Japan Today
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5 Japanese historical parks that will take you back in time

By Adam Douglas

Japan has a long and rich history of colorful characters like samuraininja and powerful warlords. Fans of the past can find plenty to love in Japan, from manga and anime to well-stocked museums. To really get a feel for the country’s historical diversity, though, what better way than to experience it yourself at a historical park?

Scattered around the country are several must-visit parks that transport you directly into Japan’s distant past. Some are like open-air museums, buildings you can wander through, while others combine the excitement of an amusement park with historical accuracy. No matter your choice, you’ll have fun and learn something too.

Here are our picks for the five best historical parks in Japan.

1. Ise Azuchi-Momoyama Bunkamura (Mie)

The park features a reproduction of Azuchi Castle. Image: Wikicommons/ Taro Nagoya

The Azuchi-Momoyama period lasted from 1568 to 1600 and encompassed the final years of the Sengoku period, the time of the Warring States. Relive this tumultuous era of warlords, samurai and ninja at Ise Azuchi-Momoyama Bunkamura, a theme park in Ise in Mie Prefecture.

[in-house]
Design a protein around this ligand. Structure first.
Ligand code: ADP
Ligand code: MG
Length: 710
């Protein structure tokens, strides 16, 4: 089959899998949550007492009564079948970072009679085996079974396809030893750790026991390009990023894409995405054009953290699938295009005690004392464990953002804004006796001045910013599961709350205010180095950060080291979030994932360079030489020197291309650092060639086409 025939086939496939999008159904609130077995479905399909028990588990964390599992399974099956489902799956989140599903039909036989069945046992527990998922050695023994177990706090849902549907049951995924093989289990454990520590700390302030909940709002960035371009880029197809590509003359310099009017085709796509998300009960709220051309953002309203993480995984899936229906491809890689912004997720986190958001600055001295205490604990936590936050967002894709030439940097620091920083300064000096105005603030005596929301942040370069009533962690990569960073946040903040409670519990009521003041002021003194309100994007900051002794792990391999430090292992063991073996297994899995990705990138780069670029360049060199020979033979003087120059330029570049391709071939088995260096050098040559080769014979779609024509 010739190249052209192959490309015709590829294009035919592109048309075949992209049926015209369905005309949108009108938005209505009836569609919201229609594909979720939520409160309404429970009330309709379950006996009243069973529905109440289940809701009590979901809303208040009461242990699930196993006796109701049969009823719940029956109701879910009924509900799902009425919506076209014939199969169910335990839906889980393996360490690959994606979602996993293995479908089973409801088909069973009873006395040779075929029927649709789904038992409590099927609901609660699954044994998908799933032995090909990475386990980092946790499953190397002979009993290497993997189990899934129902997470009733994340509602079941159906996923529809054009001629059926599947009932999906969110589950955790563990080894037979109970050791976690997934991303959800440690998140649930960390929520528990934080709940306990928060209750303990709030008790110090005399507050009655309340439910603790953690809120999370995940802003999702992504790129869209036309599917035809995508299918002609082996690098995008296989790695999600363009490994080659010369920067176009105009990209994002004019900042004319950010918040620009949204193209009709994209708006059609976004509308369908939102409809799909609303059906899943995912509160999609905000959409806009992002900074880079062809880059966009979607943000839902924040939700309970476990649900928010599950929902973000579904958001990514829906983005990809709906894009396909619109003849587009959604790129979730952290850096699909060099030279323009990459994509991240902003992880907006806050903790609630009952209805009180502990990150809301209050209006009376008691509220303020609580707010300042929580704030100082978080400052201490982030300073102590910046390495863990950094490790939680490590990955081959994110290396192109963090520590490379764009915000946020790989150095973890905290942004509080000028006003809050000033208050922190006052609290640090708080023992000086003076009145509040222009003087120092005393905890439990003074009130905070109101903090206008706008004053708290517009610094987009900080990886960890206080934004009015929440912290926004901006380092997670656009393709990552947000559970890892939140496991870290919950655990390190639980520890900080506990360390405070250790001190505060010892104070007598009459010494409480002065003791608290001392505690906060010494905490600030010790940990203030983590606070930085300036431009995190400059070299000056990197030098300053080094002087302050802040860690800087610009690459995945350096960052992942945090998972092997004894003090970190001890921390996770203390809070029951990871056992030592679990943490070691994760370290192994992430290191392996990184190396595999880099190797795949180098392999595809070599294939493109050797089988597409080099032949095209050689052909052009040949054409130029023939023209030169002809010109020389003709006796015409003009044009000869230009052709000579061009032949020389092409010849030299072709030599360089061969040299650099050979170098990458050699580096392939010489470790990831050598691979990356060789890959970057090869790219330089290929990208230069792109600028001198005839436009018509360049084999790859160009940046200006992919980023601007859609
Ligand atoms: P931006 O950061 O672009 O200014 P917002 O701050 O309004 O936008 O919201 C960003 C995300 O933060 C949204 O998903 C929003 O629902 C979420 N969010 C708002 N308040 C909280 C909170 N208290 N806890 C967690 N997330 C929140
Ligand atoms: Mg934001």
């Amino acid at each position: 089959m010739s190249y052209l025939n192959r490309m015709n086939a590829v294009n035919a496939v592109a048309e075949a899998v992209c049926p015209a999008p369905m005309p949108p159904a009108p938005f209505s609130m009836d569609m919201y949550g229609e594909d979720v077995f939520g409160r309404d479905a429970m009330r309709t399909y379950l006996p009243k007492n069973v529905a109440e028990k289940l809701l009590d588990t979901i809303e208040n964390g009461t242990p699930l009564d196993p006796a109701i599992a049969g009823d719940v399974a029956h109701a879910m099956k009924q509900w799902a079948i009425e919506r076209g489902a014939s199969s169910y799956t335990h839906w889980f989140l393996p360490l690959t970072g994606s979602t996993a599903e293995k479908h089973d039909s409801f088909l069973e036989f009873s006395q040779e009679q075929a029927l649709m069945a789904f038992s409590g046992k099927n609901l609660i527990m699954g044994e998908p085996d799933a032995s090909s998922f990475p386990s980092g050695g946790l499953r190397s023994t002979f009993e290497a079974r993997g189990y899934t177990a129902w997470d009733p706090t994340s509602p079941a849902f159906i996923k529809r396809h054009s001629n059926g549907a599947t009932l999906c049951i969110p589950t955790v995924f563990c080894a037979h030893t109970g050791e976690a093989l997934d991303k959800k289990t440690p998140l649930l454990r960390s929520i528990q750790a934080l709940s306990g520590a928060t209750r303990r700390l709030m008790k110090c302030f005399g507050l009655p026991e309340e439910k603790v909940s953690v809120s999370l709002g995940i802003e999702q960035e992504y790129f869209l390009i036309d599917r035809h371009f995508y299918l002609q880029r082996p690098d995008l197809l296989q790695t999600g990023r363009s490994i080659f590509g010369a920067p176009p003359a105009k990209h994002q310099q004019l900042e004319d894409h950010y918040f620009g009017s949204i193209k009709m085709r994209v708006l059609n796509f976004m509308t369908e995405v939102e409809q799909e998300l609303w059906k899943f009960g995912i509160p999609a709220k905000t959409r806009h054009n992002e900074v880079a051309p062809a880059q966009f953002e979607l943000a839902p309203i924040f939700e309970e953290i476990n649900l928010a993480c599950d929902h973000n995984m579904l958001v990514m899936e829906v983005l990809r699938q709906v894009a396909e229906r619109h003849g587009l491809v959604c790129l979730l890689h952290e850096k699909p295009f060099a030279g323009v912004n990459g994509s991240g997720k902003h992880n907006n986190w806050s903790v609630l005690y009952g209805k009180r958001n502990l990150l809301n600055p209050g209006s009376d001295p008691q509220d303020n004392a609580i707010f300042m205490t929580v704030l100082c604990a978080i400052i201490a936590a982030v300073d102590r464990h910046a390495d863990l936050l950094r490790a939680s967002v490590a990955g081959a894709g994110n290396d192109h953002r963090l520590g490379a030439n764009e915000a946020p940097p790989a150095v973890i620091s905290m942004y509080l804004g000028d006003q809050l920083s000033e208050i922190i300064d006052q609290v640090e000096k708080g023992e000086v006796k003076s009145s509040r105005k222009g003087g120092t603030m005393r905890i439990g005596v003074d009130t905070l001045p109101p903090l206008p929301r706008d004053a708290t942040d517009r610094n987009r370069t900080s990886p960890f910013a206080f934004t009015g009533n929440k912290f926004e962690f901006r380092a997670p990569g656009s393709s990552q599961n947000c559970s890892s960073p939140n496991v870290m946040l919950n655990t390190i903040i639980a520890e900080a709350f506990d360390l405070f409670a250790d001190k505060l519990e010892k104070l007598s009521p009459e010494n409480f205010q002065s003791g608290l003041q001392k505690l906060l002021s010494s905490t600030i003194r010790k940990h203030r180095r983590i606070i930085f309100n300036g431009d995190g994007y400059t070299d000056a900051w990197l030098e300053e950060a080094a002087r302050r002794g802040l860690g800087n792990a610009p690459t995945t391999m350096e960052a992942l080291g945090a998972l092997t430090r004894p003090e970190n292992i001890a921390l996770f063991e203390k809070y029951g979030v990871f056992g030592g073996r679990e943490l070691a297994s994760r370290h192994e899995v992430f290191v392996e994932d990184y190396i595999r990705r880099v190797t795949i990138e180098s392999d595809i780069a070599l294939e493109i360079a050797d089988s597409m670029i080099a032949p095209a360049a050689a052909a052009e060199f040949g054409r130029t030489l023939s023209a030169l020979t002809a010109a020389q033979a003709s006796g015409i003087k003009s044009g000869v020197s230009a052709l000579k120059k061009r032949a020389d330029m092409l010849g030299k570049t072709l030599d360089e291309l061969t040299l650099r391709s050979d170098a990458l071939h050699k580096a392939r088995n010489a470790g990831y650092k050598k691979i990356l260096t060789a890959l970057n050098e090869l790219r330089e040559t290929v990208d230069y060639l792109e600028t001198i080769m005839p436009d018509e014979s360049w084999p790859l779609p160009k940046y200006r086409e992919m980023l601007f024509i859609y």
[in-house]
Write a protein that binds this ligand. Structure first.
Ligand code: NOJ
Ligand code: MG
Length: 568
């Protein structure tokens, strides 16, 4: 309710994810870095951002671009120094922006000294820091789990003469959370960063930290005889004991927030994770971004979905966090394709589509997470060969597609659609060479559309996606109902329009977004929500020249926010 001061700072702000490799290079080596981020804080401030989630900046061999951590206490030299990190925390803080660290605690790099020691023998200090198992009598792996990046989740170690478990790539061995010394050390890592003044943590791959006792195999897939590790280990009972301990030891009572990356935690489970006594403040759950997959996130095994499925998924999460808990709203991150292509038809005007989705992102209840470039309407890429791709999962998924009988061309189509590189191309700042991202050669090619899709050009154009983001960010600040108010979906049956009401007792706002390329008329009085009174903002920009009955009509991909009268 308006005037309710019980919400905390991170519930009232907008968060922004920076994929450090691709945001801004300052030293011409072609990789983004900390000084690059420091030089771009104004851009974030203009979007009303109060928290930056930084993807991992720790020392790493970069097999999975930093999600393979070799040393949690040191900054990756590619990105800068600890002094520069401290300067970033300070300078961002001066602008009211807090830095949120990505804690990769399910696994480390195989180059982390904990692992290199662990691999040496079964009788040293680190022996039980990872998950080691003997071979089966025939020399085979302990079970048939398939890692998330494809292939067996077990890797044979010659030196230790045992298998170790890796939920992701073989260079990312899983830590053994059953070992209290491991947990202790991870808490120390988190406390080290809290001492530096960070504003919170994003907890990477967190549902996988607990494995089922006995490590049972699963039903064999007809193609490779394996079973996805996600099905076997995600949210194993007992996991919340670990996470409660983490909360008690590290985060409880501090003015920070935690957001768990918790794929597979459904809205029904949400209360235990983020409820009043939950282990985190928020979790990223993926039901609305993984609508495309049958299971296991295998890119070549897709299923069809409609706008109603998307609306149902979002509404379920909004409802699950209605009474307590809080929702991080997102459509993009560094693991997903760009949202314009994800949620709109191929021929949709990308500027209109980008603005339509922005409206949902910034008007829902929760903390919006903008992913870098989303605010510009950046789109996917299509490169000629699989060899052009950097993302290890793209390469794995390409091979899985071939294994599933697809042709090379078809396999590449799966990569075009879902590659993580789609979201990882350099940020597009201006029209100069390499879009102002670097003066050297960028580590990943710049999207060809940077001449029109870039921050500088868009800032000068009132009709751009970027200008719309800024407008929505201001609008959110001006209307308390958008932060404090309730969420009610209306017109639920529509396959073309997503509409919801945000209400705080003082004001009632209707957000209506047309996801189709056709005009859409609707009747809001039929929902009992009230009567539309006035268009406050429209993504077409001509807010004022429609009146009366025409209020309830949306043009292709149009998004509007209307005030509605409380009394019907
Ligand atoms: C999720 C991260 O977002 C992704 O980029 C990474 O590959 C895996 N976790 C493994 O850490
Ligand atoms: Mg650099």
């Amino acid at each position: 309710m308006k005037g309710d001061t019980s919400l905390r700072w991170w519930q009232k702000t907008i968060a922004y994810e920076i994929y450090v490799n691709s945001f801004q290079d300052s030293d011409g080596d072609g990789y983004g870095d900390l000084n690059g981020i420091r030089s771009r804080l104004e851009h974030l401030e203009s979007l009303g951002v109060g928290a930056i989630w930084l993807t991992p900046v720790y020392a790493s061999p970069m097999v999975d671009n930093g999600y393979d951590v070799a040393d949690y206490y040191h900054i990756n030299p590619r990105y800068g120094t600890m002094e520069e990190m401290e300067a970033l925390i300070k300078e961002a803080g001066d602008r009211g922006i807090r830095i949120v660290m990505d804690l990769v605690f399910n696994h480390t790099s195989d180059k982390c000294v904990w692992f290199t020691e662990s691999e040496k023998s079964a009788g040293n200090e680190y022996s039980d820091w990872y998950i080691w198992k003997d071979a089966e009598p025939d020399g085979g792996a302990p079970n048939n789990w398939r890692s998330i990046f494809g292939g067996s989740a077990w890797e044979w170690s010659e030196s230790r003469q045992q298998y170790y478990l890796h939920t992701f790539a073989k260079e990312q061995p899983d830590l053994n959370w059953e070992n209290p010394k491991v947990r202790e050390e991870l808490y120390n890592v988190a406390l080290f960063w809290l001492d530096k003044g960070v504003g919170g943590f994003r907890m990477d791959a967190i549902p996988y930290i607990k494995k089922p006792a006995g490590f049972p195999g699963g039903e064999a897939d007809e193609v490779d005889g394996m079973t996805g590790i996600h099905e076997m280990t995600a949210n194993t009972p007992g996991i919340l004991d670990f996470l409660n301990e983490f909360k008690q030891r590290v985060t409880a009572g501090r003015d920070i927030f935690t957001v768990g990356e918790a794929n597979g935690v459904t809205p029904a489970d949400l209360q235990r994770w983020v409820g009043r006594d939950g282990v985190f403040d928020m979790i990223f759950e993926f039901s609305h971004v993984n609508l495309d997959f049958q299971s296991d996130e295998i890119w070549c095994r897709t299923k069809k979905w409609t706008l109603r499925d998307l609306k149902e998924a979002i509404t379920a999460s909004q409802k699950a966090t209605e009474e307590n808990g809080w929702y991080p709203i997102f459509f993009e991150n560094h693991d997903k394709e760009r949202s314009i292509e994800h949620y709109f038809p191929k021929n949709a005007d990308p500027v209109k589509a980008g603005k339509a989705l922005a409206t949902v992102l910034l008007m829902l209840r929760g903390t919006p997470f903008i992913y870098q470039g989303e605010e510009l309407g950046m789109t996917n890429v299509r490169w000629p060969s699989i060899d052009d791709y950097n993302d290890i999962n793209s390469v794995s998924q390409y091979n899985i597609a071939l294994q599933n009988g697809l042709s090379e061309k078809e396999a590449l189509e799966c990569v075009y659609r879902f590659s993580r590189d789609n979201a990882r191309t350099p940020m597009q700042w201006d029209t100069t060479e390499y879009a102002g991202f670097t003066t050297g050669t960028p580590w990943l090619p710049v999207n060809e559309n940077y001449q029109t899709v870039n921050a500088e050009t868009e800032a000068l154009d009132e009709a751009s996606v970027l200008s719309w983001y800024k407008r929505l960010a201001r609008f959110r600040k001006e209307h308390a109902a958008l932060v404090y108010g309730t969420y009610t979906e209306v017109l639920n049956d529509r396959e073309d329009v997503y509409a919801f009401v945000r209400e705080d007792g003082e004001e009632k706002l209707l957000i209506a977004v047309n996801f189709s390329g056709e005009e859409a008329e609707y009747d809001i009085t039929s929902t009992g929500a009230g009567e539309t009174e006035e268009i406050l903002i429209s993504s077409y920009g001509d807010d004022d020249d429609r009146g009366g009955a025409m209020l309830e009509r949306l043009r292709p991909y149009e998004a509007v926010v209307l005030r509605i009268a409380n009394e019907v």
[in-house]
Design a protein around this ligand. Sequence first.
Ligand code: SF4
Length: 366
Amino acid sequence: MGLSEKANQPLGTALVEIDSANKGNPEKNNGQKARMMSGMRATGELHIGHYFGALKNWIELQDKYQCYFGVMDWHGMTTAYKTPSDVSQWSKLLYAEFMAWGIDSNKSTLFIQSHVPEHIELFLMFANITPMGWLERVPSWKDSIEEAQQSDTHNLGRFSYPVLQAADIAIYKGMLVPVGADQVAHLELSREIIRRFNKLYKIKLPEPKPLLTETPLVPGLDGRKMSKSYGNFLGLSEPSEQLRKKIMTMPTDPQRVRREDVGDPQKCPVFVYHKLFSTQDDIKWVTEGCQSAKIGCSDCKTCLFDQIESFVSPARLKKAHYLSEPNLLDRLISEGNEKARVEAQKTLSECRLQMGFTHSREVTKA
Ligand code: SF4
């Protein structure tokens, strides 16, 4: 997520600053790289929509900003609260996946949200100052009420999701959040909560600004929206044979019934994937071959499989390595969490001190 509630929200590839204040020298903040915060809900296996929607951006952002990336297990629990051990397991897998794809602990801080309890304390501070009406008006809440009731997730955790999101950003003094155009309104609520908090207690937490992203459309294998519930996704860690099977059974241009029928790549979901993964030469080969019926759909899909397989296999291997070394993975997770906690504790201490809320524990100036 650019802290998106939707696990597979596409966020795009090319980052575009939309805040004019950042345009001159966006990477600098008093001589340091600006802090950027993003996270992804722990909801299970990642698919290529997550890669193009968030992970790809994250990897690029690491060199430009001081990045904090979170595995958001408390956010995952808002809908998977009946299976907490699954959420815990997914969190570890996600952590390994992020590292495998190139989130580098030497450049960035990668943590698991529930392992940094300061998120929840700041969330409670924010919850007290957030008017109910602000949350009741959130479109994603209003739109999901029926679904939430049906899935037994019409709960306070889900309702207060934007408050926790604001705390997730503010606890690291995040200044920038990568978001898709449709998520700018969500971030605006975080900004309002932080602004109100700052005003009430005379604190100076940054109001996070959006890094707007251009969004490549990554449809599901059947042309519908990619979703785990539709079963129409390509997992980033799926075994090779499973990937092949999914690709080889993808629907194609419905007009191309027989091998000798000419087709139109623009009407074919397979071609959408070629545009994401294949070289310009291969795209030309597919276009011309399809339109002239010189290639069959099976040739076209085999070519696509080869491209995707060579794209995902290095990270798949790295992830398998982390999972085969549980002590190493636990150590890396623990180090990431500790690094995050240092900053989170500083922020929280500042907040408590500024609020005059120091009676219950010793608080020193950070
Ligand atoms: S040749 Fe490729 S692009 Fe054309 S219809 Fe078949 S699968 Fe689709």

Designed like a period town, the park features staff in era-appropriate costumes and ninja and oiran (courtesan) performances. There are also activities (with separate entrance fees), such as the Ninja Maze and Nyamage Theater. The one you’re really going to want to see is the reconstruction of Oda Nobunaga’s Azuchi Castle.

The Azuchi-Momoyama period is a particularly exciting time in Japanese history, so it’s well worth visiting the park. Kids will love it too.

Futamicho Mitsu 1201-1, Ise, Mie - Map

Admission: ¥3,600 general, ¥4,900 all-inclusive


2. Edo Wonderland Nikko Edomura (Tochigi)

Edo period-style buildings line the streets and are often used for Japanese TV dramas. Image: iStock/ Takako Hatayama Phillips

The Edo era began when Tokugawa Ieyasu united all of Japan, ending the long civil war. The resulting 268 years of peace were known as the Edo period, named after the city where Tokugawa set up his military government (now called Tokyo). That era is recreated at Edo Wonderland Nikko Edomura at Nikko in Tochigi Prefecture.

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These are cheesy, overpriced, overcrowded tourist traps.

Better to walk the Nakasendo e.g Naraijuku,or between Tsumago and Magome post towns in Gifu,enjoy the ambience and eat some great food with welcoming locals.

1 ( +2 / -1 )

I loved Naraijuku. Someday I'm going to cycle the Nakasendo Post road.

1 ( +1 / -0 )


I was gonna comment the same about them being tourist traps, what are we like eh.

-3 ( +1 / -4 )

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